At that point, my search turned to locating that book, which I had actually read many years ago when I first moved to the neighborhood, and it was available on the shelves of the North-East Library. Of course, at that time I had no inkling that I would one day be on the staff of the News and researching its founder. A call to the North-East branch revealed they no longer had a copy there.

Placing a call to the Missouri Valley Room at the Central library branch, my call was answered by a helpful staff member that helped me locate the book, by description, because I didn’t write down the title, thinking it would be easier to find. Because my car was in the shop for repairs and I had no way to read the book in person, I asked if he could copy the pages I needed and email them to me. At the same time, I helped him locate a news article we had published, so it was a win/win for both of us.

By this time, I had contacted three libraries, two family members, and made multiple visits to the cemetery in my search so I could officially memorialize Matthew Orr as the founder of The Northeast News.

Born on September 1, 1880, Orr was the seventh of 12 children. His family lived in County Antrim, Ireland. After attending the University of Belfast, he taught school until he was able to realize his dream of moving to America. After boarding the ship Columbia, he arrived on May 3, 1908, and eventually became a naturalized citizen on December 20, 1926.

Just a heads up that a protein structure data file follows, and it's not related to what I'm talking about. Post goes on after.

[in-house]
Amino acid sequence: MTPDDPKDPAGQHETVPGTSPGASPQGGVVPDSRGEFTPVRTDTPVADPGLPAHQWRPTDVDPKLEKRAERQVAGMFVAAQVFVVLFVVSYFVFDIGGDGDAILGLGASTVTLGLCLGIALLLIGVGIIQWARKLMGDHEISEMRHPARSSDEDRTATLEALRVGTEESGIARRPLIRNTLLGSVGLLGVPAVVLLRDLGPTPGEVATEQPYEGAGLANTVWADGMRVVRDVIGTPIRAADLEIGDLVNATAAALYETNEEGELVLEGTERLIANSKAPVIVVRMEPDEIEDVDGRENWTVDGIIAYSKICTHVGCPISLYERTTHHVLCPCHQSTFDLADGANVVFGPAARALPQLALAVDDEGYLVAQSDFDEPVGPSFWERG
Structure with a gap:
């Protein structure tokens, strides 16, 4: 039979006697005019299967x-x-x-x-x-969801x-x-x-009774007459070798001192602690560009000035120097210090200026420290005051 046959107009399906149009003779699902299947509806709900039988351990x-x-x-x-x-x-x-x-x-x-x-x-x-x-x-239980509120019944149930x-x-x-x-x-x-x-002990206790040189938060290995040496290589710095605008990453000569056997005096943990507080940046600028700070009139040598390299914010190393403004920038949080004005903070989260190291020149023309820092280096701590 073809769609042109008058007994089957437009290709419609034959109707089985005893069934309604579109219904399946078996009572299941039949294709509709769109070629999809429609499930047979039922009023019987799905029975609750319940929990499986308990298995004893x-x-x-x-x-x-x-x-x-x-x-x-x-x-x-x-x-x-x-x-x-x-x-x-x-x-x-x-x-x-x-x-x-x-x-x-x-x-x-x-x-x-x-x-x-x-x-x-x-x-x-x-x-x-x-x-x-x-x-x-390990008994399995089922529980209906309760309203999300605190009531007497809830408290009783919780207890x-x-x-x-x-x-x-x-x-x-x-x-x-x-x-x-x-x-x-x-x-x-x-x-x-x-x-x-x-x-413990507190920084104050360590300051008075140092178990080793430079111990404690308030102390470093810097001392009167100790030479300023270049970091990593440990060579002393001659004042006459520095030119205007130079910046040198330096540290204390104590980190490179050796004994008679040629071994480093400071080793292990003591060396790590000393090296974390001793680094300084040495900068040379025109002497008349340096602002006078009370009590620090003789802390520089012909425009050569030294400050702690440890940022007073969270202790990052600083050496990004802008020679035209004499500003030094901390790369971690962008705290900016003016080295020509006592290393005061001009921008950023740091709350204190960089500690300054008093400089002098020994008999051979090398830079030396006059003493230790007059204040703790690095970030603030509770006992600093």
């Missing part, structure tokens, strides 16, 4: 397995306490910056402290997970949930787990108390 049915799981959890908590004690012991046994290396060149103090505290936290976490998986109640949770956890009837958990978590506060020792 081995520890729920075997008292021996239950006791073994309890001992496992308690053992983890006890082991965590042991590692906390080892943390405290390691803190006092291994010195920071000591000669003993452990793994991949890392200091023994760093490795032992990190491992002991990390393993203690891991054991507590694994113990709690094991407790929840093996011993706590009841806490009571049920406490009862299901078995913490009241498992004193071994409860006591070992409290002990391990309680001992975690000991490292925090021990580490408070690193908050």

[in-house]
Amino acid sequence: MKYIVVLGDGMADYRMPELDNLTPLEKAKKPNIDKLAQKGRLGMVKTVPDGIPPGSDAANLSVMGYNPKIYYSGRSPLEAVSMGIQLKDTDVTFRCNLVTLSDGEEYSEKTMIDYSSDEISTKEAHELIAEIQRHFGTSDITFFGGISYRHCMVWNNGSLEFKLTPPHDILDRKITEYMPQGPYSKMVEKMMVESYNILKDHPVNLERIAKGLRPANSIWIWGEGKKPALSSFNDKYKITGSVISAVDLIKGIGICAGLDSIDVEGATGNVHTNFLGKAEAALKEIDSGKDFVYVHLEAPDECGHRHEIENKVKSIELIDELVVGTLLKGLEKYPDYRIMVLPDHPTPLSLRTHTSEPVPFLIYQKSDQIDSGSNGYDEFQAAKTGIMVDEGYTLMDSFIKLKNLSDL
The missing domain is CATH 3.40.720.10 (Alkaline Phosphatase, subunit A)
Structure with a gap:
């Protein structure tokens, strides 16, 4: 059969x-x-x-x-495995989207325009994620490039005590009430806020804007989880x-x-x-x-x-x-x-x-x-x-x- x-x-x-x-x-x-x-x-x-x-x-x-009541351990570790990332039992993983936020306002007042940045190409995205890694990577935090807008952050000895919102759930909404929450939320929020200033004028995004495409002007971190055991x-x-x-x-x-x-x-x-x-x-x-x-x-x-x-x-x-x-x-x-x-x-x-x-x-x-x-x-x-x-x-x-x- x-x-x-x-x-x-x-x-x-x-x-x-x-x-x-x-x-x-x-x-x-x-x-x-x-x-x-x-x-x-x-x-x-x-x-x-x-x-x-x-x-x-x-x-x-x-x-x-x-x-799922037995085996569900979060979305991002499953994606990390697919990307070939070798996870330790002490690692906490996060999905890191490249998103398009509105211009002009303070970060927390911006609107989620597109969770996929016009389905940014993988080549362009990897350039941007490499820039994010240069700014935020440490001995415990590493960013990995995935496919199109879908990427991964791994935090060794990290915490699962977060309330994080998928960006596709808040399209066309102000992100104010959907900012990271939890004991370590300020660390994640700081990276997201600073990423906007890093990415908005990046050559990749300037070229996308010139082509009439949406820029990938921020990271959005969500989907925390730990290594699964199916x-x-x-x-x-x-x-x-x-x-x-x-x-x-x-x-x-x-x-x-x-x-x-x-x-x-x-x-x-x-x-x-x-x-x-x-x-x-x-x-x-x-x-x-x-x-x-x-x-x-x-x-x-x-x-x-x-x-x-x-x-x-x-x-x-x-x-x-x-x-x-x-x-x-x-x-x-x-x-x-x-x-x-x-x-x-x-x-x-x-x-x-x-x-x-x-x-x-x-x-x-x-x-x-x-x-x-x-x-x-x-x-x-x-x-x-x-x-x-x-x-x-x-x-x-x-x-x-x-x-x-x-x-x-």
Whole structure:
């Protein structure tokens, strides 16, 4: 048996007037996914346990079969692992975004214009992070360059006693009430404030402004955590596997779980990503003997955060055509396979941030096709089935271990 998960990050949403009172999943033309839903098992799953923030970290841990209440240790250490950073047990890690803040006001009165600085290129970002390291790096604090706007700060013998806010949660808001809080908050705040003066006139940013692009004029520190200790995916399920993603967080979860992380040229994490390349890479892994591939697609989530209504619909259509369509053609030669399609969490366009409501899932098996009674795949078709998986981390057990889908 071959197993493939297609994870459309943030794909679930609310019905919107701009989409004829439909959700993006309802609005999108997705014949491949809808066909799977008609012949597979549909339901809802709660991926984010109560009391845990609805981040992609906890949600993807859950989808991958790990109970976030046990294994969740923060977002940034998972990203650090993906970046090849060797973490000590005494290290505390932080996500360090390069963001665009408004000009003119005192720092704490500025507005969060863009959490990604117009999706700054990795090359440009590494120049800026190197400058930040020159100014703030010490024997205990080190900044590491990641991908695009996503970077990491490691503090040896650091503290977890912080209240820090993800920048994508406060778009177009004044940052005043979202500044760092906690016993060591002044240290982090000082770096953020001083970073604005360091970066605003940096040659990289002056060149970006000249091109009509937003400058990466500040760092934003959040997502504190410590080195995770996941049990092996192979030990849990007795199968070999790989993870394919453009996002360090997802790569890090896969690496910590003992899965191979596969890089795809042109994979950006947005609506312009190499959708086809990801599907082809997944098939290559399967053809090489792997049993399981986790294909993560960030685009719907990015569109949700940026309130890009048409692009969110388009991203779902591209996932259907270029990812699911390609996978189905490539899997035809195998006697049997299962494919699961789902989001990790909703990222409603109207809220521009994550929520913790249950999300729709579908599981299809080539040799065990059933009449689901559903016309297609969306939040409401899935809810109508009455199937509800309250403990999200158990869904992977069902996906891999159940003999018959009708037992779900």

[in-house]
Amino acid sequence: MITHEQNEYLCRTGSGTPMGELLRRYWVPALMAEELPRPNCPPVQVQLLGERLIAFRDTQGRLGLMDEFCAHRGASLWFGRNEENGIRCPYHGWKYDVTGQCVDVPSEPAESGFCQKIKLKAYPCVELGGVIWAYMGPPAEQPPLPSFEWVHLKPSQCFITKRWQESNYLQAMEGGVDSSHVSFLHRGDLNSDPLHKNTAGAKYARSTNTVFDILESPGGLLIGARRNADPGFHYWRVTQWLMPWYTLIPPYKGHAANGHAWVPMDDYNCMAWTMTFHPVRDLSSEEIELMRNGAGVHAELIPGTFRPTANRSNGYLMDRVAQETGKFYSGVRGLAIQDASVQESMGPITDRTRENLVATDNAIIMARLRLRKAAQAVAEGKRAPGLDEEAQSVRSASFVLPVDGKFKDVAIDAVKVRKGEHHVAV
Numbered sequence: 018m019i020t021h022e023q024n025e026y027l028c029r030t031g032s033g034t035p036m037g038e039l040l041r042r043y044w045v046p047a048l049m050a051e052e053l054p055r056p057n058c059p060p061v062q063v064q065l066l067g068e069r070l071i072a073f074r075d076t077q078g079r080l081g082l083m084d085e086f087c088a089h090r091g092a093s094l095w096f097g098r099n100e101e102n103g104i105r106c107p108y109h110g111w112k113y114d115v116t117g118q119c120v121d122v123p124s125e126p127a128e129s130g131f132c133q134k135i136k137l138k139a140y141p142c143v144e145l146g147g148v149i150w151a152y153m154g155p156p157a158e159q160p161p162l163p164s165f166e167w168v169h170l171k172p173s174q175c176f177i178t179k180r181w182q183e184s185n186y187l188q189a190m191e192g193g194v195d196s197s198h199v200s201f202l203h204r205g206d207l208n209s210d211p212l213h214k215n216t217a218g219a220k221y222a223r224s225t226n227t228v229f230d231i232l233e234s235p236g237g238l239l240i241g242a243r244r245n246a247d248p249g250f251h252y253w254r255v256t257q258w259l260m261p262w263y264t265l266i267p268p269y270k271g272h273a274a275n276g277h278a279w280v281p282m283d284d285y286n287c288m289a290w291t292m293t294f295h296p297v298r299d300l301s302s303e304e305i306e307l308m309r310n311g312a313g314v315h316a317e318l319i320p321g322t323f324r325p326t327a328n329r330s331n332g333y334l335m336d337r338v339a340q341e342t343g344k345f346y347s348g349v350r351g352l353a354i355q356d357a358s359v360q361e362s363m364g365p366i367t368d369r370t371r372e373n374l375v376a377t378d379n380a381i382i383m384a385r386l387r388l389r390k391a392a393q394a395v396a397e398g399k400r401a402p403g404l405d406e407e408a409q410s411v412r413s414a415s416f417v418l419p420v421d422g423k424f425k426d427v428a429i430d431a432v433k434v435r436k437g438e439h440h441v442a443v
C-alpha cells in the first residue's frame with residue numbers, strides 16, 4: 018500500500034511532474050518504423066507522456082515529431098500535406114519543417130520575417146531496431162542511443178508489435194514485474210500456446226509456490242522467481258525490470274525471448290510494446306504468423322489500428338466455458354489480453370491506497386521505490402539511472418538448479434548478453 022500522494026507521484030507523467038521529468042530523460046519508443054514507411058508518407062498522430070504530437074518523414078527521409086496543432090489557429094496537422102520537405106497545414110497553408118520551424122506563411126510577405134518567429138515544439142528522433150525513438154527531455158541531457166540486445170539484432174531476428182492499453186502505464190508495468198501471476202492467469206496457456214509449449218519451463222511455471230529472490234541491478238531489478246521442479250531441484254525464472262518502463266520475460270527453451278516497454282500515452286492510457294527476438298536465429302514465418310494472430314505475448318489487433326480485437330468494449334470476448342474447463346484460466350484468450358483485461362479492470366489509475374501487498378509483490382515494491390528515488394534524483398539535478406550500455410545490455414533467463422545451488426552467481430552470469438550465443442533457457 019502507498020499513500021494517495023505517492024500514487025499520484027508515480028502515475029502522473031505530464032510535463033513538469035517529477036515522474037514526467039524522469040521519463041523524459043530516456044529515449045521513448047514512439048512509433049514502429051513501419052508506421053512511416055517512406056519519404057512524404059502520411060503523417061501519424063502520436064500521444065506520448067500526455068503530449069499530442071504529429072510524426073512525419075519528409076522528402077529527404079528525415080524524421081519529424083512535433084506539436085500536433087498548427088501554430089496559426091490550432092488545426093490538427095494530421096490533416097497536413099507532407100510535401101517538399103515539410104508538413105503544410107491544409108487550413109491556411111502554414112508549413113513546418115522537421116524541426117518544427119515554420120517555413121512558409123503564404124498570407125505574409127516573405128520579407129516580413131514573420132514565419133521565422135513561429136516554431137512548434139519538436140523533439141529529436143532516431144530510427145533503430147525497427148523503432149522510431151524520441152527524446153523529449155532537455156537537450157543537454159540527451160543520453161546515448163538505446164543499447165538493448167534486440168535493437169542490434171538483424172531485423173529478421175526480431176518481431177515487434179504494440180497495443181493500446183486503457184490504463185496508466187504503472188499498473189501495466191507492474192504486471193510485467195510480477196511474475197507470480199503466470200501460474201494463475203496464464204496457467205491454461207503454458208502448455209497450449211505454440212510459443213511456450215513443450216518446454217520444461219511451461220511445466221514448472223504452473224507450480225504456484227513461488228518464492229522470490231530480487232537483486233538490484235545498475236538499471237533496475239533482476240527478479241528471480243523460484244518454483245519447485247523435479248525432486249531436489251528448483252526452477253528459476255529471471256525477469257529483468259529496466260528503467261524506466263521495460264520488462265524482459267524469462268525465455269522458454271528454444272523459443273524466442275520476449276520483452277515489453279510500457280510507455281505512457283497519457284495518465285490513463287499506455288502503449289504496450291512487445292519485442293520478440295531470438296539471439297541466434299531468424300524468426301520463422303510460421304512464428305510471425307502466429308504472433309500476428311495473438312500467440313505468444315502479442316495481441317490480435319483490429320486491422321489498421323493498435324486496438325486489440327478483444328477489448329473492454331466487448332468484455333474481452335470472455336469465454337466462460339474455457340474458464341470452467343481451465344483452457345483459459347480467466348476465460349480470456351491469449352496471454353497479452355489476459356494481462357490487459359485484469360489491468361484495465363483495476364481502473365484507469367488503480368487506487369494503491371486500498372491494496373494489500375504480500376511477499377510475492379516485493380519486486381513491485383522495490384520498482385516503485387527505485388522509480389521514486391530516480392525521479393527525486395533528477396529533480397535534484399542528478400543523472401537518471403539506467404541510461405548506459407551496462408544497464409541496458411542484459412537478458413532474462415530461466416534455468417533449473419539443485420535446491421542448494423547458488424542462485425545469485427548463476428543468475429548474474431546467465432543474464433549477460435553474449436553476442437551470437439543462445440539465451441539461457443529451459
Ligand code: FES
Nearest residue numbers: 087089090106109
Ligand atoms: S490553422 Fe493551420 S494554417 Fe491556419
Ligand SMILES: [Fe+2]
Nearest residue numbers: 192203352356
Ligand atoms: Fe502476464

Prior to the years he dedicated to The Northeast News, Orr worked in the advertising department at Montgomery Wards. According to the tribute written by his daughter, Mary Pat Gettys, he then tried a position at Sheffield Steel, but only lasted half a day, leaving during his lunch break because it was too noisy. The following day found him walking up and down St. John Avenue talking to business owners, selling ads for what was to be the first issue of The Northeast News.

Needing an office space, he was offered a room inside Budd Park Christian Church, hence the News’ first address, 102 S. Brighton. As he promoted his fledgling business, he met Jessie Elvira Tuttle at the church, a young woman who was a member, as well as operator of her own drama school. They married on Orr’s birthday in 1932, and purchased a home at 340 S. Van Brunt, which would then also serve as the next address for The Northeast News.

The Orrs had one daughter, Mary Patricia, born in 1934. That same year, Orr was serving as the secretary for the Northeast Community Council, a group of business owners that promoted the neighborhood and sought improvements. Even after retiring from the newspaper business in 1949, he continued to be active in the community, serving on boards with Blue Valley Federal Savings and Loan Association and the Kansas City Museum, prior to his death on January 29, 1963.

After Jessie passed in 1982, and Mary Pat in 1993, the family home on Van Brunt was sold to new owners, thus ending the Orr family’s long connection to Northeast, but we, the staff members of The Northeast News, are happy to continue the legacy of community news started by Matthew Orr 90 years ago.